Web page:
The people you meet once and they leave a mark

About three years ago, I wrote a literary review piece in the Sunday Nation on why we don’t have successors to Ngugi wa Thiong’o and Chinua Achebe. My argument being that despite  Africa experiencing serious civil wars, there hasn’t been any discernible work of literature from the regions most affected.  Yet wars and conflicts often give us the best literature. The few books written, have not been met with the same acclaim as Ngugi, Achebe and the  rest of the first generation of writers once received. Until Chimamanda Adichie arrived in the scene, and even her, her breakthrough novel was Half of a Yellow Sun, which took us back to the Biafra War.

A few days later, I received an email from a man who introduced himself as Kalyan Mukherjee. He was working for A New Delhi based newspaper called Millennium Post (MP). Together with a man called Aman, an Indian-Kenyan, based in Nairobi, they had a monthly a page in the newspaper called African Rising.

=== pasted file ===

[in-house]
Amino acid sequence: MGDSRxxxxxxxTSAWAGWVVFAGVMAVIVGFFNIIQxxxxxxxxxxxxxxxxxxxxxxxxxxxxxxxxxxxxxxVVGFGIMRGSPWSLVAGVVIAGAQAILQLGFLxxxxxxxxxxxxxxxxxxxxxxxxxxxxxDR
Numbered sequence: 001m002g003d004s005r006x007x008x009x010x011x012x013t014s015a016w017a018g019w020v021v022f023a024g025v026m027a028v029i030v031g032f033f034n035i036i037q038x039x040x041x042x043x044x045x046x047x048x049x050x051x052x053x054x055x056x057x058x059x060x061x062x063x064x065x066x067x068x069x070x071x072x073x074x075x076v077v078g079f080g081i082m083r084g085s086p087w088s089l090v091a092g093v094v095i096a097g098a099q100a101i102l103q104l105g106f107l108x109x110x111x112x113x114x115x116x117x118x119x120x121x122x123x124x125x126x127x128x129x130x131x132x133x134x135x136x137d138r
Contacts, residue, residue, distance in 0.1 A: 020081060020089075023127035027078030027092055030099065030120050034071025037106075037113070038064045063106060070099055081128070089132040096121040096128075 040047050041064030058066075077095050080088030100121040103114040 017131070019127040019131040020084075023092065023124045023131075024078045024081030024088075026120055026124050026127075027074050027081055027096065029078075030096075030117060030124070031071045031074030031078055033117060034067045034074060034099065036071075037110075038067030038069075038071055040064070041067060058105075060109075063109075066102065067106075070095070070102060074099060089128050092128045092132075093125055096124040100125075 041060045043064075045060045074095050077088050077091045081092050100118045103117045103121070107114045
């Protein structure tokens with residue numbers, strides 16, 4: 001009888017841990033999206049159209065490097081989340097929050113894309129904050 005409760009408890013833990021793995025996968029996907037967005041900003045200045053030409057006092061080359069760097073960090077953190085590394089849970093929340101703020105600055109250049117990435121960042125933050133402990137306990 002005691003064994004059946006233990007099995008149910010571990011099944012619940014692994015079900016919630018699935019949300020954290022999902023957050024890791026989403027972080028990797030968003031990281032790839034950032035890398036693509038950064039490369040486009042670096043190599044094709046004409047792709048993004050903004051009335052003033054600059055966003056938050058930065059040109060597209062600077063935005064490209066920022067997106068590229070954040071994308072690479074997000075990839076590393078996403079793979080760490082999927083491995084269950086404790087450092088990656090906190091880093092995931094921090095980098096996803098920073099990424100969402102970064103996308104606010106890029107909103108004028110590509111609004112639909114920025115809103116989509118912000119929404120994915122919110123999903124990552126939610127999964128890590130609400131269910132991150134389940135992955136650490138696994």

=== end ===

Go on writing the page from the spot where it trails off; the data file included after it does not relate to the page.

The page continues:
Kalyan wanted Africans to write on the page, so that Indians can get to understand African better. Four years ago, the narrative in town was Africa was on the rise and every ‘big’ country was milking this narrative for all its worth. They were the first Indians to notice this gap, and they moved to bridge it. Interestingly, for all the massive trade India does with Africa, it is often overlooked by the media.

Kalyan wanted me to work with Aman in Nairobi to write, what I felt was supposed to be a general appraisal of Africa’s top 5 writers; Ngugi, Wole Soyika, Ben Okri, J.M Coetze and Achebe (his list, not mine). He too wanted me to write about the Caine Prize Winners since 1999, examine how much of it was Literature, and how much was fashion. He also wanted an interview with any three contemporary writers.

“Kwani? 2012” had just marked their 10th anniversary with the publication Yvonne Awuor’s Dust and Chimamanda Adichie’s Americanah. Both writers were in town, I bought the two books, had them autographed, took a picture with both. Sadly, I lost the two autographed books, but I’m proud that I shook hands with Chimamanda. Suffice to say that I stayed the whole night, to have the autographs.